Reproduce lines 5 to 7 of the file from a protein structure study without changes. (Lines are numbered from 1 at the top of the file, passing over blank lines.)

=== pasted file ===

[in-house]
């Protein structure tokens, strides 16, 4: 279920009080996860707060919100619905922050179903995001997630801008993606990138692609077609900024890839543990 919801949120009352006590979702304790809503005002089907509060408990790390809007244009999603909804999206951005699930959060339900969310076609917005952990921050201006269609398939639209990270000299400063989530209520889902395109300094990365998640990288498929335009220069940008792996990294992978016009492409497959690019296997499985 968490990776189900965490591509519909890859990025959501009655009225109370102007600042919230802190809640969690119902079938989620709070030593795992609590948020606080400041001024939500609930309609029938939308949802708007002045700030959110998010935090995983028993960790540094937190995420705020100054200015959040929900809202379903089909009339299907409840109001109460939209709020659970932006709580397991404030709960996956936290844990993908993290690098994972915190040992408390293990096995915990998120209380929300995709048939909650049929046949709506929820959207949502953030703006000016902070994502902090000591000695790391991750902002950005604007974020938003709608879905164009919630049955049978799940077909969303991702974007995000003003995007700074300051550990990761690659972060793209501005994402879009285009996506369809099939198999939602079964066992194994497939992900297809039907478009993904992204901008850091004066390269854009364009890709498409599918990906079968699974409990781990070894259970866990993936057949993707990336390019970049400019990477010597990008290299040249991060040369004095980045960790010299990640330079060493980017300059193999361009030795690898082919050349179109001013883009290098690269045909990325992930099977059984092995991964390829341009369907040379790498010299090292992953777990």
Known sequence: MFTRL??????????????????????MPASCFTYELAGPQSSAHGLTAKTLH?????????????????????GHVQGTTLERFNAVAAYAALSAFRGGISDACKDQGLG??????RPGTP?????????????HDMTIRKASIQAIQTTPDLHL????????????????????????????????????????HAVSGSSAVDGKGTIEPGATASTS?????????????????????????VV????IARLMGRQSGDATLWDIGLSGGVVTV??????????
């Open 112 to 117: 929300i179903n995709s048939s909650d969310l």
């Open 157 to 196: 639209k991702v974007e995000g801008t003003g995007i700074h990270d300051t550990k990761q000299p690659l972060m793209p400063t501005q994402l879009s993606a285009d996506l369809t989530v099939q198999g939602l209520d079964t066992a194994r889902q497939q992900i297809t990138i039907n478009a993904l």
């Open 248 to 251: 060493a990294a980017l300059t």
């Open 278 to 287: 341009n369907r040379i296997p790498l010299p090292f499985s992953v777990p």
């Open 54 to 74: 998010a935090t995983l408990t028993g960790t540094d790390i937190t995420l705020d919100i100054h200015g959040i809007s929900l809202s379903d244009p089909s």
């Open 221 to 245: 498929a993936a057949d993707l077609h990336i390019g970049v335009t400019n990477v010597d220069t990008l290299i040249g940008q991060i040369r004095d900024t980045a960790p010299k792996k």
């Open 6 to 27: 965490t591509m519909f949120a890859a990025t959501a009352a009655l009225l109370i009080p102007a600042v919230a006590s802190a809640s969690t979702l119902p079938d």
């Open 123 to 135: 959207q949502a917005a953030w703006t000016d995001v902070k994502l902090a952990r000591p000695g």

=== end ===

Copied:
């Open 157 to 196: 639209k991702v974007e995000g801008t003003g995007i700074h990270d300051t550990k990761q000299p690659l972060m793209p400063t501005q994402l879009s993606a285009d996506l369809t989530v099939q198999g939602l209520d079964t066992a194994r889902q497939q992900i297809t990138i039907n478009a993904l």
């Open 248 to 251: 060493a990294a980017l300059t």
């Open 278 to 287: 341009n369907r040379i296997p790498l010299p090292f499985s992953v777990p």